Naggy problem with header-files

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I found a strange Naggy-behaviour dealing with header-files.

Otherwise my programming style may be wrong.

I have my main.c-file and according to this a main.h-file.

main.c includes main.h (Wooowwww :shock: )

in main.h other header-files are included, where several external functions are declared.

Compiling this, works fine, but Naggy Shows me warning about implicit declared functions.
I can get rid of Naggys warning by moving the include-statement to the main.c-file.

Is Naggy wrong/too sensitive, or is nested including in General bad manner ?

I program like a man:
COPY CON: > firmware.hex

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Why would you have a main.h file ?

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Why not? It is simply a header file, he can call it what he wants.

Quote:
Is Naggy wrong/too sensitive
I think that it is more likely that it is simply buggy.

Regards,
Steve A.

The Board helps those that help themselves.

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Should you have a prototype for the main function in the main.h file ?

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Only if you have a call to main() in a .c file other than the one in which main() is defined (which would be rather unusual).

Regards,
Steve A.

The Board helps those that help themselves.

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The obvious first hypothesis is that Naggy can not cope with nested interrupts. I do not have Naggy installed so I can not test this hypothesis.

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Quote:

with nested interrupts

Did Sir mean nested includes?

I just tried a test with Naggy including a file that includes a file that has a function declaration and everything just worked as expected. I'd be interested to see a test case.

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:lol: Yes, nested includes is the game.

I spent hours this weekend to find the reason for compiler errors.

- Naggy seems to keep error messages even if the problem is solved already.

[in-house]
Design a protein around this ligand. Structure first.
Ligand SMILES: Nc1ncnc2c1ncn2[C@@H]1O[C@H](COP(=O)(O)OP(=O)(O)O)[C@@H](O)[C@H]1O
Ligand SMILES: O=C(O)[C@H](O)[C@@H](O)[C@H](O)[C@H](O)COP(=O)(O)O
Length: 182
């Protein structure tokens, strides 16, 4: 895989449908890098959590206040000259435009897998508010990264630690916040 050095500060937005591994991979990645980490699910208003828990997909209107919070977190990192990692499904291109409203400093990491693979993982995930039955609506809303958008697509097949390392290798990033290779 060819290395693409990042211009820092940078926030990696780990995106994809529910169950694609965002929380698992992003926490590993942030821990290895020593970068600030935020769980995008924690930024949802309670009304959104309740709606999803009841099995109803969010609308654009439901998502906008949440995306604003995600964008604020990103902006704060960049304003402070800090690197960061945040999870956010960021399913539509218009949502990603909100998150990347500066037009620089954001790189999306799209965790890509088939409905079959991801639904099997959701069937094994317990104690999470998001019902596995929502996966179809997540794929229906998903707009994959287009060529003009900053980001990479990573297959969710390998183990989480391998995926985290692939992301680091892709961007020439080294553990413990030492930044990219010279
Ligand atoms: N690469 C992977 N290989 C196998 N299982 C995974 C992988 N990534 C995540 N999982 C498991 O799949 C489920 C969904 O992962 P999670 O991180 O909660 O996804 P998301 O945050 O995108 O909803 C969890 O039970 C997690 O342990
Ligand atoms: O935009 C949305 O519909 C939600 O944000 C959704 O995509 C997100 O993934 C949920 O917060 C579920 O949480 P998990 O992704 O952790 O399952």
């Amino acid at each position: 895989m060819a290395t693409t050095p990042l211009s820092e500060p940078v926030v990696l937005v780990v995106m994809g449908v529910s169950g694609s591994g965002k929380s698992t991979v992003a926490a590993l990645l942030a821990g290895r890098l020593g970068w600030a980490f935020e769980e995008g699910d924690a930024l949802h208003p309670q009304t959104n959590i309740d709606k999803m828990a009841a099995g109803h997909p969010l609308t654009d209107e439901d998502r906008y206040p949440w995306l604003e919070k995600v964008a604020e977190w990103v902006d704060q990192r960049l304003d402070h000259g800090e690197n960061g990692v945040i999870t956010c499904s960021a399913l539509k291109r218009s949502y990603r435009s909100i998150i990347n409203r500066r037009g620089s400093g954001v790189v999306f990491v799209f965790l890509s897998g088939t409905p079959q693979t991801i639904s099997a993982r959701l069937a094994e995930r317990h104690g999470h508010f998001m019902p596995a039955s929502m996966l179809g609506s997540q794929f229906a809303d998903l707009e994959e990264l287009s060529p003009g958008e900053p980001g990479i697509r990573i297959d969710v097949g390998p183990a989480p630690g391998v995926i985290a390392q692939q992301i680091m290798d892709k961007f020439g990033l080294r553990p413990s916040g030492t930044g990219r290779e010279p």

Another question:

Is there any way to get an overview over nested includes ? I think of a uitility which shows me a tree graphics about my project which source files includes which header-file and so on.

I program like a man:
COPY CON: > firmware.hex

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Yeah, Naggy re-parses a file only if there's some user input in the editor window containing the file. If the problem is fixed by editing some other file, errors will remain until the original file is edited. Also, Naggy uses the editor's buffer only for the active file being edited - everything else is fetched from disk, so unsaved changes in related files won't be reflected either.

Fixing this is a little involved - one part is obviously include file dependency detection. Now that someone's mentioned it :), I'll see if I can fix this this weekend. Should be easy to show the hierarchy as a tree visually, but the .d files in the Debug/Release directory already have this information.

Regards

Senthil

 

blog | website

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Quote:

but the .d files in the Debug/Release directory already have this information.

And Atmel use that to show "Dependencies" in the Project tree - though it's a shame it's not shown as a hierarchy.

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Looking at the Naggy problems on https://github.com/saaadhu/naggy/issues one sees that this is a known problem. Naggy nagged me so much with errors in header files that I removed it. As a good little programmer I don't #include header files in header files, but #include just as many as are necessary in the .c files.

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jerryr wrote:
Looking at the Naggy problems on https://github.com/saaadhu/naggy/issues one sees that this is a known problem. Naggy nagged me so much with errors in header files that I removed it. As a good little programmer I don't #include header files in header files, but #include just as many as are necessary in the .c files.

I'll probably add an option to skip showing diagnostics in header files - would that work?

BTW, isn't it good practice to have header files "self-sufficient" i.e. people using the header file shouldn't have to figure out the transitive dependencies themselves?

Regards

Senthil

 

blog | website

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Quote:
isn't it good practice to have header files "self-sufficient"?
I have a feeling that this is a religious question - either make the .c files self-sufficient, or the .h files. In any case I NEVER define variables in a header, nor include code, and always have include guards.
Best wishes, Jerry